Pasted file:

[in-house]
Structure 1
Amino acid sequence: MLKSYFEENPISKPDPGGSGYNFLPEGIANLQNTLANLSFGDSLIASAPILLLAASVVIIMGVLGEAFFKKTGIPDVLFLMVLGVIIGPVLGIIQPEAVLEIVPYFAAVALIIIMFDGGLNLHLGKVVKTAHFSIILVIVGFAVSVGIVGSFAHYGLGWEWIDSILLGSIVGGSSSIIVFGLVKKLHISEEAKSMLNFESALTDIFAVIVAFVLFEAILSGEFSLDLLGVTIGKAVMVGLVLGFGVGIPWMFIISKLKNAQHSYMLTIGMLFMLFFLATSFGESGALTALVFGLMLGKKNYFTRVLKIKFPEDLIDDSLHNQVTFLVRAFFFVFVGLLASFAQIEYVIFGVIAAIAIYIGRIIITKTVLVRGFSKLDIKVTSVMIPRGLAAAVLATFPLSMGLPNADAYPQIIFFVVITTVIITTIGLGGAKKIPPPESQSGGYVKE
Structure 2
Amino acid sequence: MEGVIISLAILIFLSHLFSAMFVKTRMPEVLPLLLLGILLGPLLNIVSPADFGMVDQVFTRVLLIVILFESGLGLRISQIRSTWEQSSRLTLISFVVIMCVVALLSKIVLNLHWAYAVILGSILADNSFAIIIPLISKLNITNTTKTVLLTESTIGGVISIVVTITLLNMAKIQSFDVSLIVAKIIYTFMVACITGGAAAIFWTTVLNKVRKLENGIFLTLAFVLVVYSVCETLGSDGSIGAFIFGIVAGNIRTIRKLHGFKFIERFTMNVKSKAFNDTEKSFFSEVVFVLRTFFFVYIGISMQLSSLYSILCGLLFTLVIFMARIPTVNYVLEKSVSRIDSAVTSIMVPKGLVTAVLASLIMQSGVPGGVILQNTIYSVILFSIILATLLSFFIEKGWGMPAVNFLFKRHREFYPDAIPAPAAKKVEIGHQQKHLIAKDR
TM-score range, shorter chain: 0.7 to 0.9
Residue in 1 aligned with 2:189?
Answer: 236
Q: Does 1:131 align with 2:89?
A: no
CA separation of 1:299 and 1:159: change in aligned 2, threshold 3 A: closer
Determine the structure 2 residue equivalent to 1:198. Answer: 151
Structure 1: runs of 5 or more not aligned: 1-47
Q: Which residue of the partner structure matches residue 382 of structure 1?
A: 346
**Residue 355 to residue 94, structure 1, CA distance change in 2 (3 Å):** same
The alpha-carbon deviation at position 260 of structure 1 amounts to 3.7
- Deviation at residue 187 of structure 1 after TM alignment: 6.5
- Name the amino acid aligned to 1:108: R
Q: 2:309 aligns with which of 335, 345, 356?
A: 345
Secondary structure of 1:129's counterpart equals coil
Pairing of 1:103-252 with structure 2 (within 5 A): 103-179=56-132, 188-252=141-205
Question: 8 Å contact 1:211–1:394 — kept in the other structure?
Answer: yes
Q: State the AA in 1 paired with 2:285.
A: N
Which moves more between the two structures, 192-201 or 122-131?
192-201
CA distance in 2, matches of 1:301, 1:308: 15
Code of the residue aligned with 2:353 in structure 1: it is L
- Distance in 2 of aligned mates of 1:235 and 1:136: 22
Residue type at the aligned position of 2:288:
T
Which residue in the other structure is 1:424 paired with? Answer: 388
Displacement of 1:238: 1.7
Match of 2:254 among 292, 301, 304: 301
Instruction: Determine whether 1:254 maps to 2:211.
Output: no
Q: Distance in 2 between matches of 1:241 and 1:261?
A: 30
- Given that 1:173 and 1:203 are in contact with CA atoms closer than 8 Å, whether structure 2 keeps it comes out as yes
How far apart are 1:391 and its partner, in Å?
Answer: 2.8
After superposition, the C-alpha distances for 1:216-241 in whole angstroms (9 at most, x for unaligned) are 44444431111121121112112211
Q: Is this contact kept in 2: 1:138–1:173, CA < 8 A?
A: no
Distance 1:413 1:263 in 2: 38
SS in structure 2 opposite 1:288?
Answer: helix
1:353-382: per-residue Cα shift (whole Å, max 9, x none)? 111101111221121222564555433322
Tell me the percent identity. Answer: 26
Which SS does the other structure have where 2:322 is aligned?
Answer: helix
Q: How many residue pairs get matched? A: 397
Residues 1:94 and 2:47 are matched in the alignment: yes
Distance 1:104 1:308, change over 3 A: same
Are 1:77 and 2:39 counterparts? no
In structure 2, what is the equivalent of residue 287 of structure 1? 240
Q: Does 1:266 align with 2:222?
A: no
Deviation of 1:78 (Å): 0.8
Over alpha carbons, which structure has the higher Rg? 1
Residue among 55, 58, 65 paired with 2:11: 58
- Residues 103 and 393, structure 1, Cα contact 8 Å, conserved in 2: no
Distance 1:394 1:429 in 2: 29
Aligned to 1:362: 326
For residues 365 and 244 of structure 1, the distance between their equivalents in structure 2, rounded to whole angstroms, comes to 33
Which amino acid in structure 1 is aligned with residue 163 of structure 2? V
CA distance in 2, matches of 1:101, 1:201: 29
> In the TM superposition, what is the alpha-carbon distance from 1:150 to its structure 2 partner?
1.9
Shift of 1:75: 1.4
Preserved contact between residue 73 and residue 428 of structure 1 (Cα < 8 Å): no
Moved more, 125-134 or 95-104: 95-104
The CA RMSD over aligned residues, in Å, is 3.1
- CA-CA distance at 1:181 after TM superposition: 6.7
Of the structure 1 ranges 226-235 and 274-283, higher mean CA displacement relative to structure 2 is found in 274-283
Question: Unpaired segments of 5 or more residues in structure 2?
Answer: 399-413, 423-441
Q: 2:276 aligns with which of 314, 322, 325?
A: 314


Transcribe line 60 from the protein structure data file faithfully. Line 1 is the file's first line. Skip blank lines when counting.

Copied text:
Q: Does 1:266 align with 2:222?